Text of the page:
Learn how to share symbols across documents within Sketch by using Sketch libraries.
- [Instructor] Using InVision's Craft Library within Sketch is great. Your design library is in the Cloud, and everyone can access it and pull in components, and get updates across their files whenever someone updates a component; however, I want to point out that when your work flow depends on a third party integration, it can sometimes present problems. For example, if Sketch updates, any third party plugin could break until an update is pushed to production, and that's where Sketch design libraries come in. So Sketch just released a native solution in their latest public beta that will do something similar to what Craft Library does.
Honestly, in a modern design team, shared libraries are so crucial and close to the core of the software, that it just makes sense to include it right inside of Sketch. So if you're Sketch file looks a little different than mine does, it's because I'm using the public beta version. To download the public beta version for yourself, just go to sketchapp.com/beta. So let's take a look at how this works. The first thing you're going to want to do is add a library to your Sketch file. A library is nothing more than a regular Sketch file with symbols, so if you have a design library with symbols all set up all you have to do is add that library to this Sketch file.
So I'm going to go up to the top, and hit preferences, and you'll see that we have this new icon here called libraries, and Sketch has actually already given you a library that you can use; an IOS UI design. But what I'm going to do is I'm going to add a library, or basically just add the Sketch file that I've already created with symbols set up already. I'm going to add a library, and I'm going to go to my Dropbox, and I'm going to choose my Sketch file with symbols already set up, and I'm going to open it, and there it is.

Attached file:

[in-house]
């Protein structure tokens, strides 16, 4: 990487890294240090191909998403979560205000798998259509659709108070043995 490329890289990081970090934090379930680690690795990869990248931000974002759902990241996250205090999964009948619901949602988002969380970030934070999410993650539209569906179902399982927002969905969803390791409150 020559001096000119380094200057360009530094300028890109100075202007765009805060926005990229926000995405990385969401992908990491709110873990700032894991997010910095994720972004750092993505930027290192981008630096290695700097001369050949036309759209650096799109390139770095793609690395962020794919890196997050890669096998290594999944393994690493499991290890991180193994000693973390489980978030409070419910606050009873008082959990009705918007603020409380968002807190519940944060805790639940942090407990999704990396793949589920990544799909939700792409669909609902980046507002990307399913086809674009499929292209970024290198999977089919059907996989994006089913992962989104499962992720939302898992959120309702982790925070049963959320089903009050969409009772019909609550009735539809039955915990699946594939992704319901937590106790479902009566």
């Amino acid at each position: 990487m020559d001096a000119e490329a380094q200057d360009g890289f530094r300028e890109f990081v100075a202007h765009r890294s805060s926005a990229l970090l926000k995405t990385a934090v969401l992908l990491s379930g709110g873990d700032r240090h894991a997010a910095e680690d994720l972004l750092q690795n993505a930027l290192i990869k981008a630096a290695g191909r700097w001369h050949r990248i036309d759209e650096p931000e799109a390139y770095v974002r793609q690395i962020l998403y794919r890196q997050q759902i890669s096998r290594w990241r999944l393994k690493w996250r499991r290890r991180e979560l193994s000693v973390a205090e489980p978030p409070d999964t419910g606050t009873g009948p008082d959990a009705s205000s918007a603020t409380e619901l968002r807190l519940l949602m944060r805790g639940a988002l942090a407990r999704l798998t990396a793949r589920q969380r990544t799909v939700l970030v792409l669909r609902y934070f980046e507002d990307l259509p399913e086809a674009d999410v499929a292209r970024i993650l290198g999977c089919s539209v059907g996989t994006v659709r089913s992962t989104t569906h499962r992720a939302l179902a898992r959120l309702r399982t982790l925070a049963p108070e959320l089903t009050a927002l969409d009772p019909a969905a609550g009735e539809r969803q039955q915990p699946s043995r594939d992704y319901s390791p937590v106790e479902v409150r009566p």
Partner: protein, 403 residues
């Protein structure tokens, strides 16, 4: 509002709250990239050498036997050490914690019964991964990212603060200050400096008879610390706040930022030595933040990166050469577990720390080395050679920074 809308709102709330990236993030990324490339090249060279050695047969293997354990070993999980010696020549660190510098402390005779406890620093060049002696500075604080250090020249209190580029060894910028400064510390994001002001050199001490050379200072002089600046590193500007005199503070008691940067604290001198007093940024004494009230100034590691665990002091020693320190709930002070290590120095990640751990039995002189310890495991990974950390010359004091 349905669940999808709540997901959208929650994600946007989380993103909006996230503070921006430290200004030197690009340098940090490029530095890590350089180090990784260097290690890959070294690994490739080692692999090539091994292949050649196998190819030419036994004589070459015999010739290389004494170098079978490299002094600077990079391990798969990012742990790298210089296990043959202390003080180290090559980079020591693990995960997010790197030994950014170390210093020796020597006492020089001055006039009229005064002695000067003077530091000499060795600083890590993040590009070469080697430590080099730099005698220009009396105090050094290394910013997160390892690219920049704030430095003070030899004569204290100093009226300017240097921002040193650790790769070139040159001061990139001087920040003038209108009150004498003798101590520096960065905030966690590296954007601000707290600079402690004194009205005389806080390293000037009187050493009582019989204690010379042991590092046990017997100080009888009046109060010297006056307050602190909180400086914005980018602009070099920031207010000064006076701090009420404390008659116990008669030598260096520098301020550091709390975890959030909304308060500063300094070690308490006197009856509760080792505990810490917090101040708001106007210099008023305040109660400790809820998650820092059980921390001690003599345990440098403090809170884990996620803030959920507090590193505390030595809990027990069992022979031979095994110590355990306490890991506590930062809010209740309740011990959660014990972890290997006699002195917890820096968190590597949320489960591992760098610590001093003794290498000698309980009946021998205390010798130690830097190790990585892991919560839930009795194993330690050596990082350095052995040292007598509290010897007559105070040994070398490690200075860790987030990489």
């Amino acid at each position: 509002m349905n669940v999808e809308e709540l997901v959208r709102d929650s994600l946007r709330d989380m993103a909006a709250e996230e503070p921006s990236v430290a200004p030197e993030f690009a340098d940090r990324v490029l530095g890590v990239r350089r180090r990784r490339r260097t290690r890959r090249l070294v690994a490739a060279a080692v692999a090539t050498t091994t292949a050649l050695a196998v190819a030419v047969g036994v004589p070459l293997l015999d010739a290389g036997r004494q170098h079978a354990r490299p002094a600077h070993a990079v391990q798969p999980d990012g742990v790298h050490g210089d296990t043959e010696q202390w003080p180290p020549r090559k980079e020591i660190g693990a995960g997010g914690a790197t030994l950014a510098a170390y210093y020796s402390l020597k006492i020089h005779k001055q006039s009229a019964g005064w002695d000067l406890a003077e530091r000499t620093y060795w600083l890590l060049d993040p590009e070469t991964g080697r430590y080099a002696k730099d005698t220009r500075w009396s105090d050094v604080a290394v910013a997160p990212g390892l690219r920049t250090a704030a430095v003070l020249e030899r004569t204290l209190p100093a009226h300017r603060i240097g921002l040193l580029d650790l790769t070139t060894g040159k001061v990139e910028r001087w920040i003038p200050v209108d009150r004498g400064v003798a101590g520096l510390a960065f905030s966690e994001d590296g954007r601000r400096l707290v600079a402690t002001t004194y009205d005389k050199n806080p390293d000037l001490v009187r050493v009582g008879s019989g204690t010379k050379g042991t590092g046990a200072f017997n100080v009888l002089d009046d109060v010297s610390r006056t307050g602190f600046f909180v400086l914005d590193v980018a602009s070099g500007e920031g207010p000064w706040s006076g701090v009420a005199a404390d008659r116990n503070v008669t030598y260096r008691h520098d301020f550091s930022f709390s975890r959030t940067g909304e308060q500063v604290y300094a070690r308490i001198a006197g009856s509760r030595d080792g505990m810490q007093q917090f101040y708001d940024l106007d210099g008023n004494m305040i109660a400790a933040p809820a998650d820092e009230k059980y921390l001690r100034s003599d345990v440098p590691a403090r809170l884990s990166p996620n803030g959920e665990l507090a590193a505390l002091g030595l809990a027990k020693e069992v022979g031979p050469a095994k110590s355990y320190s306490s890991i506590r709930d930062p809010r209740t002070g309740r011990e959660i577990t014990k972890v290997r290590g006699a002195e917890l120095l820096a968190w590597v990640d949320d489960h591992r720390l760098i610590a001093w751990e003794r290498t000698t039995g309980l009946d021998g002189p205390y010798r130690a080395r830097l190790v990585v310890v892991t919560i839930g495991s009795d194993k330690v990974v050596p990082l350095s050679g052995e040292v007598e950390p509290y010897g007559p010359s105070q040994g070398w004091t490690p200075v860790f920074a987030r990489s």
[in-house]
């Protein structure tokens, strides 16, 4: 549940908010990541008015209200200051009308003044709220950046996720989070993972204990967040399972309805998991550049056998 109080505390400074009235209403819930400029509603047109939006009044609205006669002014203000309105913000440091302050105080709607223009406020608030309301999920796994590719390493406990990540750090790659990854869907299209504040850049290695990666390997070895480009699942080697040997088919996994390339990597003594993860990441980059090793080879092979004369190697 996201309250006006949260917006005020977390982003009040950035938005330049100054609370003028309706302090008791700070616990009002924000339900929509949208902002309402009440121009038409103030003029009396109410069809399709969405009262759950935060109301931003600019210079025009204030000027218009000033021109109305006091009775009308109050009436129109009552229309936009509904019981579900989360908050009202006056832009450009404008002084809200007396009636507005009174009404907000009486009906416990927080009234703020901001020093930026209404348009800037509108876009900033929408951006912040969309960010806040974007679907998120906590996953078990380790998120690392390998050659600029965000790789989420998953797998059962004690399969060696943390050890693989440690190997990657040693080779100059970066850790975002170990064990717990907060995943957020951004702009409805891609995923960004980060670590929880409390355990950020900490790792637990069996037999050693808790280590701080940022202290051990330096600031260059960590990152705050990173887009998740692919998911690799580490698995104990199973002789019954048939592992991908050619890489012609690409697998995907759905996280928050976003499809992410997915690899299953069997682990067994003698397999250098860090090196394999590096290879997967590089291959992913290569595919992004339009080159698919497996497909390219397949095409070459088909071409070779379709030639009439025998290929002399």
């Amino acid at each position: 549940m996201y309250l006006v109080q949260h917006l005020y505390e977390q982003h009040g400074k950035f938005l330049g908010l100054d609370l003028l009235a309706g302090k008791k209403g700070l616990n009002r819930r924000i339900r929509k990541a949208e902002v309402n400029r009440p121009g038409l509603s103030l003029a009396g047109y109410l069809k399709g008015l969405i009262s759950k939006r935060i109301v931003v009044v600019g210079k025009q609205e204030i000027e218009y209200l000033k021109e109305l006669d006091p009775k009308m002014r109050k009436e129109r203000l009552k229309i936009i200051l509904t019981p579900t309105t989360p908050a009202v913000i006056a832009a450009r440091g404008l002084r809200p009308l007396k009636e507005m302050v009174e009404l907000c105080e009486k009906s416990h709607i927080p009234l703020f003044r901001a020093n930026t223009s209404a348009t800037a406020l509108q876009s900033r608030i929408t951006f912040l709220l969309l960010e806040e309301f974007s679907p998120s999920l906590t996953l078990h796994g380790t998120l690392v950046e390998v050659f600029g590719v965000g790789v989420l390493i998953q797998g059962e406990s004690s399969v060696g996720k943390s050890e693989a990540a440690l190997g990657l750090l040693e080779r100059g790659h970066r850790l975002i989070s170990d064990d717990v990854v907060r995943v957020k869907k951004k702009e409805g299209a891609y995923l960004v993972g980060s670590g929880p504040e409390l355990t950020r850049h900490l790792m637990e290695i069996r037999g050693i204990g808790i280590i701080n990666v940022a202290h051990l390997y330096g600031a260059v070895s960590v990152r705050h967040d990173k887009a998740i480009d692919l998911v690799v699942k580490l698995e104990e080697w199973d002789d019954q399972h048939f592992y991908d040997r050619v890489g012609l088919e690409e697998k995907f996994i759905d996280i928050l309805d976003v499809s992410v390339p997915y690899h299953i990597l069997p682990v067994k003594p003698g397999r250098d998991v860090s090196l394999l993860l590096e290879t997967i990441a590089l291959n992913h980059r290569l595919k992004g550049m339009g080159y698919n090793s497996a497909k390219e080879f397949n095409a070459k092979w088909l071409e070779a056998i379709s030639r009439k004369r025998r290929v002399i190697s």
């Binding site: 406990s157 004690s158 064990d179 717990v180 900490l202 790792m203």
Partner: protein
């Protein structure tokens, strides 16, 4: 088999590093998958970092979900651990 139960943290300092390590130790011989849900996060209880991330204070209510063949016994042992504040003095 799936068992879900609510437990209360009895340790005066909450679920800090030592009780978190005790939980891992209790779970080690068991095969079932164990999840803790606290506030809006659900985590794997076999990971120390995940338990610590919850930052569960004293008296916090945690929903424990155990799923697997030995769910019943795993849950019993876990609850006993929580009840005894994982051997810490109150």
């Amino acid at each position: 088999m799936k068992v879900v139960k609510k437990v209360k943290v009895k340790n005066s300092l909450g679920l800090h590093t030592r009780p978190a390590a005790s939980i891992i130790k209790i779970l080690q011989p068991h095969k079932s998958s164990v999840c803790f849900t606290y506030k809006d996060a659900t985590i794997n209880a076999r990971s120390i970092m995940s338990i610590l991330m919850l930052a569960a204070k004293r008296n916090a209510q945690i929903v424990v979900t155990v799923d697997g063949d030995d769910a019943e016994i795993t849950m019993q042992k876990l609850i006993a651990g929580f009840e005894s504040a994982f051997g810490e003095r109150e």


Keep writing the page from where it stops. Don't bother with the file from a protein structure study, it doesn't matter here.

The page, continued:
So there you go. Now that Sketch library has been added. So I can just close this out and start using it. So how do you actually use this library and use these symbols? All you have to do is go to the top up here, insert, and you'll see that you have your libraries right here ready for you to use. So if I go down to the Sketch library that I just added, here are all of my symbols that I have in that Sketch file, and I can use that in this document and across any other document that I open and add that library from.
So let's say, for example, I'm going to go ahead and add a button large, and I'm going to put it right here in my file. So you'll notice here that we have this button large, and all of my overrides that I set up in my previous file also came in. So I can change the color if I want to, I can change the state to none, so it's my default state, or I can change it to the pressed state, and I can change this to submit.